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US home insurance ‘bubble’ to pop amid climate risk: Report

  • The national real estate market 'has not adequately priced climate cost'
  • Roughly a quarter of US homes are being underpriced: Report
  • 'If you’re not worried, you’re not paying attention': State Sen. Bill Dodd

(NewsNation) — U.S. home insurance costs could be on the rise as climate change makes wildfires and storms a normality, according to a climate change risk nonprofit.

First Street Foundation is warning the national real estate market “has not adequately priced the cost of climate into its valuation” and that a growing climate “bubble” is close to popping, Bloomberg reported.

First Street estimates, factoring climate models into the financial risk of properties in its report, that roughly 39 million properties — around a quarter of all homes in the country — are being underpriced for the climate risk to insure those properties.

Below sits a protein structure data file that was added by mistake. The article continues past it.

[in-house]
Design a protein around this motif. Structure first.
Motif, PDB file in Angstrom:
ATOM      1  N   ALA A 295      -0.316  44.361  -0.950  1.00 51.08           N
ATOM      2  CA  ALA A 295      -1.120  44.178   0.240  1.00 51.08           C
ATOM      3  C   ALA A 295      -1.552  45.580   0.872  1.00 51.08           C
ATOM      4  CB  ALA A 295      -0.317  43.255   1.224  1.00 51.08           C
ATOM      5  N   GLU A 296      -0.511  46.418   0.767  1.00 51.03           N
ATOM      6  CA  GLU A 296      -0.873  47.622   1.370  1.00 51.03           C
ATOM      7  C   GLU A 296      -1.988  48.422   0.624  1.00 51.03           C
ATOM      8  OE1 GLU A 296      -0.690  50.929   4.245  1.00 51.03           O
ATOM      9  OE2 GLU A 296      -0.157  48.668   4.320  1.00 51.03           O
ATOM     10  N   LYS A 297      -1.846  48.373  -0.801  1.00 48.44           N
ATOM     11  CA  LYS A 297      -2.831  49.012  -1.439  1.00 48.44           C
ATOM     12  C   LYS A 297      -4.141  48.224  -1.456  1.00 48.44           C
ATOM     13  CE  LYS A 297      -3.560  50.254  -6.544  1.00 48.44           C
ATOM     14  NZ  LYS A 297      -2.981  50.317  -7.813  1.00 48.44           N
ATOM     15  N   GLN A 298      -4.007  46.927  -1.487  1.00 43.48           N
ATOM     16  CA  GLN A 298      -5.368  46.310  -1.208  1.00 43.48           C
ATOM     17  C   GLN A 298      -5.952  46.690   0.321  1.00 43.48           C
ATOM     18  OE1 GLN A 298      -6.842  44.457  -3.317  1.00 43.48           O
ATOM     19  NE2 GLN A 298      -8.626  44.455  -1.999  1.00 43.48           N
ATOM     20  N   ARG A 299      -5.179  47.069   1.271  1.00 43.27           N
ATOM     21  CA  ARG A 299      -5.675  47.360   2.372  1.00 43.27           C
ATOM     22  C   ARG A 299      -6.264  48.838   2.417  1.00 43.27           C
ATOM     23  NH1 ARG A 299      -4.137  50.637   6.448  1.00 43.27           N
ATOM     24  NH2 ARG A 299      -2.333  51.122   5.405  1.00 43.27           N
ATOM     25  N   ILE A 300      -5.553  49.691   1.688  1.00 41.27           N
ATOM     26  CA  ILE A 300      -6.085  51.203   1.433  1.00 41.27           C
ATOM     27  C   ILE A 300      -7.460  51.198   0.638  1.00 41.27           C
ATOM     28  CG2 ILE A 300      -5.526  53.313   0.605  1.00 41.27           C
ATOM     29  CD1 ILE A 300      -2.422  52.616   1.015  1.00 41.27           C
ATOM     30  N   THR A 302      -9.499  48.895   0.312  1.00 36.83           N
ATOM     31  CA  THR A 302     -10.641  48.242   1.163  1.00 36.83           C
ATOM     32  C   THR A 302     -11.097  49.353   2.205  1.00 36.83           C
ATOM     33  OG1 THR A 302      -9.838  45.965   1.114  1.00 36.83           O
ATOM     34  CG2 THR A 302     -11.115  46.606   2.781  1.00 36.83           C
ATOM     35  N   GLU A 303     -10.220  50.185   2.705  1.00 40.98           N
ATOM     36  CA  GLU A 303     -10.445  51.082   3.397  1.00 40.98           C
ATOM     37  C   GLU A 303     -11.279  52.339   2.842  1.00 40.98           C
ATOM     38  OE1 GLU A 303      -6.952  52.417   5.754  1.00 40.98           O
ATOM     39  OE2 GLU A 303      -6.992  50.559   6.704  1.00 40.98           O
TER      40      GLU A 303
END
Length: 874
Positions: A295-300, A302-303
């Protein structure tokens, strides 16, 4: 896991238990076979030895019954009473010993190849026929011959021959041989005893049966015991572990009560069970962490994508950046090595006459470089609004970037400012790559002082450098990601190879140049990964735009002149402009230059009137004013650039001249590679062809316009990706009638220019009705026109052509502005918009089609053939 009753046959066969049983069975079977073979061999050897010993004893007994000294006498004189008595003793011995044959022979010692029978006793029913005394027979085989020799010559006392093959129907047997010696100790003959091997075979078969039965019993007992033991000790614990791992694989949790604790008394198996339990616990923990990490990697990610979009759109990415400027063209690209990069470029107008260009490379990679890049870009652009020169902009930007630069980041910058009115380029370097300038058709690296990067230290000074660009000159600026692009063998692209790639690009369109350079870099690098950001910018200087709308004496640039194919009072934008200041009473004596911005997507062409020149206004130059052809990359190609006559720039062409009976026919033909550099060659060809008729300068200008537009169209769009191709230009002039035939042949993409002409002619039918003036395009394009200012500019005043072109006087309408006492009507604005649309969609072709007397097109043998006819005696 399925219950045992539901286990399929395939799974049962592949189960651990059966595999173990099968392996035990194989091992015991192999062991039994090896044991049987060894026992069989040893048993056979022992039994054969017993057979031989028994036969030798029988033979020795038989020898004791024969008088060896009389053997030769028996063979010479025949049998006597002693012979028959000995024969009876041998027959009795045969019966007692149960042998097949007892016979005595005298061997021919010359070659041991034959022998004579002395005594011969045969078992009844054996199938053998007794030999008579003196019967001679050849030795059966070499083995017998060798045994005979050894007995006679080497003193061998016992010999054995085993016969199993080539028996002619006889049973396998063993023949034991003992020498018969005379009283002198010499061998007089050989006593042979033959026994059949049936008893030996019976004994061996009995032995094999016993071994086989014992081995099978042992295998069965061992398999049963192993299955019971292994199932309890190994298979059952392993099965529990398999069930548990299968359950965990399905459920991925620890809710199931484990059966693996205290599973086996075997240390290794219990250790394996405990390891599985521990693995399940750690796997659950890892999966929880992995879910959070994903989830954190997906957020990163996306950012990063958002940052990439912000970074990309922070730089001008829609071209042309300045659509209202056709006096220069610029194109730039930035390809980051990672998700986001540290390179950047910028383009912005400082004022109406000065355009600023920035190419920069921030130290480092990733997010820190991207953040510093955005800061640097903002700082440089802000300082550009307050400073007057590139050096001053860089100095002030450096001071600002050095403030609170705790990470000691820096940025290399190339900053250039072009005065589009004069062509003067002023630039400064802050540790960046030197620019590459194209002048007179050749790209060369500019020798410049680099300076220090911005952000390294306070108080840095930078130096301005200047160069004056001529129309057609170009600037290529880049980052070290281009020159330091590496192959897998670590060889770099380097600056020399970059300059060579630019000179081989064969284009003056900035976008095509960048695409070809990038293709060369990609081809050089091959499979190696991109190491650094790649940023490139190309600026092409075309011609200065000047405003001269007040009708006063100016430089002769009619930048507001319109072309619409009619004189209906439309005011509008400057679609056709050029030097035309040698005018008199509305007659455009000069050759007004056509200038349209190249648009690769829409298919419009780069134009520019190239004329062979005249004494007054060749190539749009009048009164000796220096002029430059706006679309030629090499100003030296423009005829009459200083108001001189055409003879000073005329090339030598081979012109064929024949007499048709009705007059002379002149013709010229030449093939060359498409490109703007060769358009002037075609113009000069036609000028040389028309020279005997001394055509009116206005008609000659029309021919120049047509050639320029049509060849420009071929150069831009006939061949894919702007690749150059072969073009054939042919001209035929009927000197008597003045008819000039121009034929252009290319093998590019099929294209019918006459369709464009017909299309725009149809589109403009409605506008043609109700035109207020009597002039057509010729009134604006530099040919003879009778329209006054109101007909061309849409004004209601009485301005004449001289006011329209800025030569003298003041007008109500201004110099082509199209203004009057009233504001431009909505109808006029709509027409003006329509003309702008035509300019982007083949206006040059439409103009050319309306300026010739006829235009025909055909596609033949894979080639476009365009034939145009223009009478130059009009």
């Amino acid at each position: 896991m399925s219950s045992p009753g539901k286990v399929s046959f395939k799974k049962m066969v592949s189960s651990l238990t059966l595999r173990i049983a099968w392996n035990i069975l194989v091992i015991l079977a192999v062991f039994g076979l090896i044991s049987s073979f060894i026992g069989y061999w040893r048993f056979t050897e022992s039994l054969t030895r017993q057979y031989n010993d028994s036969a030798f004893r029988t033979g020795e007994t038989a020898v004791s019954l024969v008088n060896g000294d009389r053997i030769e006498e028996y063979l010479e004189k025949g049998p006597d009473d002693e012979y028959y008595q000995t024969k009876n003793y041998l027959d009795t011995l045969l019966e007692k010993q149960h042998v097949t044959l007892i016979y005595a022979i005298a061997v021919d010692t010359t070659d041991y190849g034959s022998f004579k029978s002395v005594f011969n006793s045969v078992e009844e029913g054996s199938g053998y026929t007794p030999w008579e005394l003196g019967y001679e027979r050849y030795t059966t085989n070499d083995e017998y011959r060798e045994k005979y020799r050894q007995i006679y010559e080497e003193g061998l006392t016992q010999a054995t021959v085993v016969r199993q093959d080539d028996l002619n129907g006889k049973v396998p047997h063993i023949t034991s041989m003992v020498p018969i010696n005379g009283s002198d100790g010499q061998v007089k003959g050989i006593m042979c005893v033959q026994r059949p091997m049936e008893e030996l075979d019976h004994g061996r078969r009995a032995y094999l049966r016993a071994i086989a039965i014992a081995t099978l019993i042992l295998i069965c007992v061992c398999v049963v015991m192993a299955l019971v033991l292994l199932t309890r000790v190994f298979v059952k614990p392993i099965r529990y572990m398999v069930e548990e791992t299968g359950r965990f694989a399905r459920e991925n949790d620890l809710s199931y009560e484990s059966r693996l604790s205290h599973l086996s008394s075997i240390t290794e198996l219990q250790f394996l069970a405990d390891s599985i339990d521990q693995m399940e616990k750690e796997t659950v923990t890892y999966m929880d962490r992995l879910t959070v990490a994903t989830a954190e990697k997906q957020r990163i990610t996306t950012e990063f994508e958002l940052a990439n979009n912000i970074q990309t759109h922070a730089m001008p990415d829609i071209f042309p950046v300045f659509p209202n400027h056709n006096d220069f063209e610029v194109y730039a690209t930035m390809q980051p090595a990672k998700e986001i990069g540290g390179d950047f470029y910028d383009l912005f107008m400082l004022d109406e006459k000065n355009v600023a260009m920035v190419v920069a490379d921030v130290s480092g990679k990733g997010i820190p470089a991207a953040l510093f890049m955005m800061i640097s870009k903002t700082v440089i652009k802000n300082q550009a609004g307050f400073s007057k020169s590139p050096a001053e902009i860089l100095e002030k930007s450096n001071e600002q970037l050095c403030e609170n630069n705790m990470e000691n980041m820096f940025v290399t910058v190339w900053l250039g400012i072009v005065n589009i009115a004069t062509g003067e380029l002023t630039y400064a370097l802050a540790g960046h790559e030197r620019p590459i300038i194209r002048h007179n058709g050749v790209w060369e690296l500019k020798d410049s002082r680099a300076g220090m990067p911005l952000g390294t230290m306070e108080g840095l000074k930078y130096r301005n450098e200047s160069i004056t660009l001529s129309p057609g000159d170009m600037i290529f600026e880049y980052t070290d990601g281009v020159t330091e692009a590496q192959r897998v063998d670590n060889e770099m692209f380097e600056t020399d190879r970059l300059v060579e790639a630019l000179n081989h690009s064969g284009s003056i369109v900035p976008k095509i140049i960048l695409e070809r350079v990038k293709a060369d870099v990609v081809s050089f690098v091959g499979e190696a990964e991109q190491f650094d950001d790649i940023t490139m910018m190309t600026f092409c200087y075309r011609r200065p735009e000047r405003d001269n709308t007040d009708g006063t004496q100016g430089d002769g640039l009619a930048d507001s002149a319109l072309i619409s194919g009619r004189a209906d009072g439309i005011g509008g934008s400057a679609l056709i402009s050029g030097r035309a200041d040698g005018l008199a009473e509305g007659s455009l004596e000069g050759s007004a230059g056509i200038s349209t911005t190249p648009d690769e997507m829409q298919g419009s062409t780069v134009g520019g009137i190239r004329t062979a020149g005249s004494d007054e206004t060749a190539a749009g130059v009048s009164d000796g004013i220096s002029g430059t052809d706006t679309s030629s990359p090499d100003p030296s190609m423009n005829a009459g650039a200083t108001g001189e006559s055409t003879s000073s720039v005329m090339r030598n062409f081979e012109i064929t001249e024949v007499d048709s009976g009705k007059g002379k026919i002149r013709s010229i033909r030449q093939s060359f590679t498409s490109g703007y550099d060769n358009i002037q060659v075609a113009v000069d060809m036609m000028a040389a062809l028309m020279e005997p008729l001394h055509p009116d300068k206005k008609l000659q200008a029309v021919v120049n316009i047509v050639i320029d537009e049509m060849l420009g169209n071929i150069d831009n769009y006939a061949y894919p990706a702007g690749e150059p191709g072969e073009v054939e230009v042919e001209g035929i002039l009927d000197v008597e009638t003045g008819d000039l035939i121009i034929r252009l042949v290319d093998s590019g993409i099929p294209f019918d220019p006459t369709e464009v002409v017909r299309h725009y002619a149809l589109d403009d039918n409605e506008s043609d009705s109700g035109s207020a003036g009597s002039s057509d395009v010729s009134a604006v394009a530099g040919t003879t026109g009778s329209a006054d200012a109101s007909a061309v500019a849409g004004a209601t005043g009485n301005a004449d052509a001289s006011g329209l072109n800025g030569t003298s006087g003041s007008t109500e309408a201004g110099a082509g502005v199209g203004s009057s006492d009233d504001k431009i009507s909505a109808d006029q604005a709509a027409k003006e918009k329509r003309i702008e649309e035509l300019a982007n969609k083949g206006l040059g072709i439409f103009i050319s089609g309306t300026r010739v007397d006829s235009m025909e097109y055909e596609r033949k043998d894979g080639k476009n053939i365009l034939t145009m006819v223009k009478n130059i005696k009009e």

“If you’re not worried, you’re not paying attention,” said California State Sen. Bill Dodd, whose district includes the wine-country counties devastated by the LNU Complex fires in 2020.

“Our recent research identified the size of the existing climate insurance bubble and found that properties were overvalued by an average of 15 to 30 percent across markets where insurers were already responding to climate risk and pushing property owners to the state-run ‘insurers of last resort,'” Matthew Eby, the founder of First Street Foundation, said in an interview with Newsweek.

First Street, a New York-based nonprofit, has been a go-to researcher on the financial implications of climate change for years.

Its research is used by Fannie Mae, Bank of America, the Treasury Department and others for understanding the potential risks to properties.

There are several signs that climate change is taking its toll on the insurance industry. The U.S. homeowner’s insurance industry has had three straight years of underwriting losses, according to credit rating agency AM Best.

Losses for the first half of 2023 totaled $24.5 billion, roughly what was lost in all of 2022.

The Associated Press contributed to this report.

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